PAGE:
Years ago there was an air freshener commercial on TV, where women were walking into the home of another woman for some sort of gathering. One says in a snooty tone, “Had fish for dinner last night, Jane?”
I couldn’t help but imagine that scene when Duane told me how a conversation in his basement started with his brother-in-law Bill earlier this morning. He and Diane had invited a few friends and relatives over to watch the parades and some football on TV upstairs and to stay for lunch. I just popped in to see Duane about some personal business when he gave me this account.
Before the football games came on, Bill was loafing in an old chair downstairs, while Duane gathered up the garbage. A dark plastic wrapper fell to the floor. Bill, eagle eye that he is, blurted out, “Had MRE’s for dinner last night, Duane?”
“As a matter of fact, we did,” Duane replied. “Survival Sam and Sally came over last night for a little New Year’s Eve survival party.”
“Survival party?” Bill asked. “Not that survival stuff again. You’ll just make my headache worse if you tell me about it. I’ll bet it was a thriller.”
“Yes, it was, as a matter of fact,” Duane said. “We had it down here in the basement, since it’s a little more primitive than the rest of the house. We tried out a camping stove Sam and Sally brought over, and it worked wonderfully. The kids thought it was fun to heat a can of beans over one of those little fuel tablets Sam bought from Nitro-Pak. We opened a window for a little ventilation. Those little tablets are pretty pungent.”
“So what glorious goodies didst thou feast upon, Mr. Survival Buff?” asked Bill.
“We ate a variety of MRE’s and sampled some freeze dried food Sam got from Nitro-Pak as well,” Duane said. Sally especially liked the manicotti with vegetables. Diane and I thought the grilled chicken breast was quite good.”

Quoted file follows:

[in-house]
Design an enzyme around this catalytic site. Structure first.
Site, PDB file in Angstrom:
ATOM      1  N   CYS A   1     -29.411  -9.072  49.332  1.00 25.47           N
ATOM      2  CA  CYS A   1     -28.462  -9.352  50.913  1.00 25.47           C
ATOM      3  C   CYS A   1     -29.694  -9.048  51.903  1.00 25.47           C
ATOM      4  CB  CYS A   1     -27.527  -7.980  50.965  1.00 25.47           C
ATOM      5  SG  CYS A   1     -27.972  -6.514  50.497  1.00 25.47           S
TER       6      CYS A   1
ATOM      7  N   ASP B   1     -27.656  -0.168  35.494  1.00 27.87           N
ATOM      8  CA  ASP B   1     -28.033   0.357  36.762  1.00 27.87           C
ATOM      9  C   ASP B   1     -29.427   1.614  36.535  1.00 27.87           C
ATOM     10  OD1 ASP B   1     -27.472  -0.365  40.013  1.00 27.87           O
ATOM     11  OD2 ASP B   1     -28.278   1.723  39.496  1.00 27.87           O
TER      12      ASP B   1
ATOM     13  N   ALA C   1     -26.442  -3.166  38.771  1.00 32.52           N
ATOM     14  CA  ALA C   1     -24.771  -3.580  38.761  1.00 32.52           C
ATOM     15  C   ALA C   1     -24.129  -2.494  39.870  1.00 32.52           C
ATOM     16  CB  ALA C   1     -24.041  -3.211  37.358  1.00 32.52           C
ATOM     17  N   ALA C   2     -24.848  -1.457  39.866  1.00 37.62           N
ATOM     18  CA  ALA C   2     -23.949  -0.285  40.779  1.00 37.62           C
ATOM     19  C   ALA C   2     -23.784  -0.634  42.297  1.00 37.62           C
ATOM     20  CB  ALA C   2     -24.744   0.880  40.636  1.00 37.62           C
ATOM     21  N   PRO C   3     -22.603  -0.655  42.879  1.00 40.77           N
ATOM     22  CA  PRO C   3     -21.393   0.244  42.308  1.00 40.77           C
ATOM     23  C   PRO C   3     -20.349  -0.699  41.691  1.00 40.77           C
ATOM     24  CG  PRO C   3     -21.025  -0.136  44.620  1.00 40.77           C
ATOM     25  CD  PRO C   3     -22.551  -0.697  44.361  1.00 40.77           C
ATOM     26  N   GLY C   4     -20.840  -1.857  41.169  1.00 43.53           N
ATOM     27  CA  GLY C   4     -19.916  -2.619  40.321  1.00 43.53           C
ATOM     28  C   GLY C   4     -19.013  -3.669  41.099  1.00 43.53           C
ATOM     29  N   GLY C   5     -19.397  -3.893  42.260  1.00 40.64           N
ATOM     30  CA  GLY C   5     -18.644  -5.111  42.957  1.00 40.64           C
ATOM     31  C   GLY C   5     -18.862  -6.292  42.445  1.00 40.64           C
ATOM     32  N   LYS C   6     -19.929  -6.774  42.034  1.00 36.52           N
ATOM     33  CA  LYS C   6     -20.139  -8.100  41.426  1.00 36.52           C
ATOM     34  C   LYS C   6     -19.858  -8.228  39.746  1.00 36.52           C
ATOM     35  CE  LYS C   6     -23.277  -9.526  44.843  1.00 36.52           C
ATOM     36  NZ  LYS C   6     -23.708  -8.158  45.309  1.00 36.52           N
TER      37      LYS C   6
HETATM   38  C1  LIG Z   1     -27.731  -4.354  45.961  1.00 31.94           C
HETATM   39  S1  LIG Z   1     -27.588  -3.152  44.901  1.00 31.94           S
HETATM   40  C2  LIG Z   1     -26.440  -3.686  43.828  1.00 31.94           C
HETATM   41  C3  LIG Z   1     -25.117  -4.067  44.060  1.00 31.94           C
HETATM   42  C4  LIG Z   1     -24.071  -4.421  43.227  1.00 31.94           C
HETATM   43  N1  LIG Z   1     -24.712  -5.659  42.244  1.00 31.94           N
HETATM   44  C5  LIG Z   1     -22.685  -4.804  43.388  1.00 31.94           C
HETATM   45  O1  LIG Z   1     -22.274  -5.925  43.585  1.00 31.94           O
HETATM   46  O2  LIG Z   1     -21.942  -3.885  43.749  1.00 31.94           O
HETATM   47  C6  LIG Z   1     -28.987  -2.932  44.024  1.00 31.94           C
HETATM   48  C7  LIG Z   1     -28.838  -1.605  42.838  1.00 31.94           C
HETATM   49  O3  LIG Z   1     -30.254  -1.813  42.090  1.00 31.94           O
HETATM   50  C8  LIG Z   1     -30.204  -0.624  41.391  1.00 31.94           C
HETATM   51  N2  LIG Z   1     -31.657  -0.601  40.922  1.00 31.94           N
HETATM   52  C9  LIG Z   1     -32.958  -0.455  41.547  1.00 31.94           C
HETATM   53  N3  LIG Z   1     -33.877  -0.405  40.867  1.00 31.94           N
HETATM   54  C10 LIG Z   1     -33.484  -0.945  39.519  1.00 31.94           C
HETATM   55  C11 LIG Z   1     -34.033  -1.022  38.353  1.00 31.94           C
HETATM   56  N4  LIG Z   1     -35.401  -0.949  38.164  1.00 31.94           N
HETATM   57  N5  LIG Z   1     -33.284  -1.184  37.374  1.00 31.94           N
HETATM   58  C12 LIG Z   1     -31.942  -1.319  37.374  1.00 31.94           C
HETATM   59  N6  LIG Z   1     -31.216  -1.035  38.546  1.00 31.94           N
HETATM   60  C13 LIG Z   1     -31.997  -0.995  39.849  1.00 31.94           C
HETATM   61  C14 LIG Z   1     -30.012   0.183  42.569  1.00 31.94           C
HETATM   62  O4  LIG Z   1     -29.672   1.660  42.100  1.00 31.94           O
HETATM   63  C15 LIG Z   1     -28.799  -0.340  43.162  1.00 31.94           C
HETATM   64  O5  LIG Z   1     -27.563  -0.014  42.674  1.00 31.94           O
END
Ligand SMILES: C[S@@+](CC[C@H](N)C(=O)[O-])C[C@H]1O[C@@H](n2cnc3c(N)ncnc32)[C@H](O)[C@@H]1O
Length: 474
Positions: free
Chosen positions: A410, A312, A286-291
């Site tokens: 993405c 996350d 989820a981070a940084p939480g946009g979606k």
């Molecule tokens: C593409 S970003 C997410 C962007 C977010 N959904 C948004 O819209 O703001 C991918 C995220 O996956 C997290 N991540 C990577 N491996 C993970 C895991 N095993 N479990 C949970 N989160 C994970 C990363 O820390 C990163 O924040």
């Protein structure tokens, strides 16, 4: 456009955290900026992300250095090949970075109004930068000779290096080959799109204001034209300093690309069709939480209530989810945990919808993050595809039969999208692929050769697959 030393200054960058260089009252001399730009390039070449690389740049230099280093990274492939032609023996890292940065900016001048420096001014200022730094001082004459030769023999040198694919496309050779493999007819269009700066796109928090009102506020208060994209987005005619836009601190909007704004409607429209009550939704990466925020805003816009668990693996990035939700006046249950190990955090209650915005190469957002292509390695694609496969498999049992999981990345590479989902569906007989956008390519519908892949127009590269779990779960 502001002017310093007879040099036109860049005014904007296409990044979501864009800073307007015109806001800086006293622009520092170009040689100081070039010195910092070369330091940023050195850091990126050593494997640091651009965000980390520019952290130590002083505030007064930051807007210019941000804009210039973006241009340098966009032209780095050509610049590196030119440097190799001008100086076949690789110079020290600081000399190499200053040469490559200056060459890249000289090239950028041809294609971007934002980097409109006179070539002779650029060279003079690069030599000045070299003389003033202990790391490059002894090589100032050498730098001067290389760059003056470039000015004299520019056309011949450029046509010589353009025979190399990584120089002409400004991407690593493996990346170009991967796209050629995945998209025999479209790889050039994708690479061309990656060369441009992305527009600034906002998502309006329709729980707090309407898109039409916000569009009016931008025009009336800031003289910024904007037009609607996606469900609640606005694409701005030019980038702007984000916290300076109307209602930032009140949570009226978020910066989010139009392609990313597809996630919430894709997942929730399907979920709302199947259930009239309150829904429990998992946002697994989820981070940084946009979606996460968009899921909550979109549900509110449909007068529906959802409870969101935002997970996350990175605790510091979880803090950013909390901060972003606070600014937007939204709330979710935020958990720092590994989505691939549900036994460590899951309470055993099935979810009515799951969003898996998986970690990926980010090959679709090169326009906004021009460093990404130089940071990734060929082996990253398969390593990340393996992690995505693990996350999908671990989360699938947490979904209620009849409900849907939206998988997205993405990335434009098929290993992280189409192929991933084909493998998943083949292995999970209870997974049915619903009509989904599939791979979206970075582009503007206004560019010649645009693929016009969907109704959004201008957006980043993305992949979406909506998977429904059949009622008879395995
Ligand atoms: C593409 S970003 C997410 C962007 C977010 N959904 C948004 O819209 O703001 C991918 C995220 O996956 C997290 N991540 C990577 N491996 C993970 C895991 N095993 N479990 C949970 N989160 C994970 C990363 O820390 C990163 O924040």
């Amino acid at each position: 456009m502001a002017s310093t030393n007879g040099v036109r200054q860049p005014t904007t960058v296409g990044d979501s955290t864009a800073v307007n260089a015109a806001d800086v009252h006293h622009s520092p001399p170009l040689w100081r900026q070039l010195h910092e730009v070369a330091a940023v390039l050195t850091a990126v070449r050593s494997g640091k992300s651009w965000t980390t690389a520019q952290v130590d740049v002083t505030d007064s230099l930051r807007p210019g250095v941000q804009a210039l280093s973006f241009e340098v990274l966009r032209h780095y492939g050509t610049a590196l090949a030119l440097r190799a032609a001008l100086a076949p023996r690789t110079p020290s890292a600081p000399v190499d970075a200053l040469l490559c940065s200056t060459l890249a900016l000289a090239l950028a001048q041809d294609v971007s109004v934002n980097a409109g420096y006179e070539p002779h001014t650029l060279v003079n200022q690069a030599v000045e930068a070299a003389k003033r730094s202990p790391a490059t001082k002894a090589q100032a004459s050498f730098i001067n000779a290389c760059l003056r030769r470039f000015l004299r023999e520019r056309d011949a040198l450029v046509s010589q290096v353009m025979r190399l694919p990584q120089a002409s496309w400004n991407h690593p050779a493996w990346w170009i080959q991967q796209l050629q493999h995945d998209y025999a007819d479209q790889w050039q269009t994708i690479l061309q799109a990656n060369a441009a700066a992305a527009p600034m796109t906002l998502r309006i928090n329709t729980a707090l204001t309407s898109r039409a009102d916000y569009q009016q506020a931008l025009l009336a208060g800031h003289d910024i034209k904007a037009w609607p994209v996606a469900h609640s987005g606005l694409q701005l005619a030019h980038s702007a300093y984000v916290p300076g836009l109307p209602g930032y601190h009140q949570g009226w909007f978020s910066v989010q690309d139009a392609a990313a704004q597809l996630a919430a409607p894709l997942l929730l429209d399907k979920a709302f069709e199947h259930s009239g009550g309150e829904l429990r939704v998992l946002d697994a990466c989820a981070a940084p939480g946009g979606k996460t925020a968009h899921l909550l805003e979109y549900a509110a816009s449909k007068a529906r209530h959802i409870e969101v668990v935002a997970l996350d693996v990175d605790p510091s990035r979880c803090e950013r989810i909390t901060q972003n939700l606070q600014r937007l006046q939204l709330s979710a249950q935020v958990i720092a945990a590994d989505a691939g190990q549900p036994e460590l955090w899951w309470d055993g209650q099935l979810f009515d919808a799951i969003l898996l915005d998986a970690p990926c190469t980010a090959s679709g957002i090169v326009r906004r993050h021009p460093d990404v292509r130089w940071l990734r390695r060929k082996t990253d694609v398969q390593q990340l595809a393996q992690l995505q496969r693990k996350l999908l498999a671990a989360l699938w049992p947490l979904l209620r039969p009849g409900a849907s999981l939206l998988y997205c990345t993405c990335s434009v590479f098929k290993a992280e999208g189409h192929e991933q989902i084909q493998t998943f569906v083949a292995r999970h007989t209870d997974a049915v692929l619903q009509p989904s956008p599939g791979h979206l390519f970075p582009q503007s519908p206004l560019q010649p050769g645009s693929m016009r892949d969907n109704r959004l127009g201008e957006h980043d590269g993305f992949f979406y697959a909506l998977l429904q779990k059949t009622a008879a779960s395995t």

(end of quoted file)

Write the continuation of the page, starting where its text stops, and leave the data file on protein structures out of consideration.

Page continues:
“Let me guess,” Bill sneered, “I’ll bet you ate by candle light to turn this place into
“No,” Duane said, “actually, we had two fluorescent camping lanterns going. You’d be surprised how much light those things throw out.” He tossed the fallen MRE wrapper he had been holding into the garbage bag.
Bill yawned loudly and stretched, making Duane wonder how much the flimsy old chair could take under Bill’s bulk. “You’re just a party animal, dude. Plan on throwing any more of these wild and crazy shindigs?”
“Sam suggested we try doing it once a month or so to give us a chance to try new things,” said Duane.
"Sounds to me like you’re pretty familiar with this stuff already. You sound like an advertisement," said Bill. "How do you know where all this stuff came from anyway?"
"Sam told me," said Duane, "and I rang in the New Year looking things up on John’s blog where those companies have listings."
“Well, you know, Duano, Bonnie and I may have to crash your next big survival bash,” Bill said, “especially if you’re putting on the feed.”
“Oh, Sam and Sally brought everything over for this one,” said Duane. “They’re getting us introduced to different survival foods and gadgets and gizmos. We may get our own stuff one of these days.” Sam says once we have our own storage food, it’s a good idea to rotate some of it on a regular basis.”
“What do you plan on doing for an encore?” asked Bill.
“I’m not sure,” said Duane. “Sam and Sally said we’ll play it by ear the first few times. But when the weather warms up again around here, we may try out Sally’s Dutch oven over a fire outdoors.”
Bill had found a rubber ball on the floor and was tossing it from one hand to the other. “I don’t know about you guys, Duano. Next thing you know, you’ll buy one of those wind-up emergency radios I’ve heard about so you can blast out tunes and have a block party after the MRE banquet.”
“Now you’re talking,” Duane said.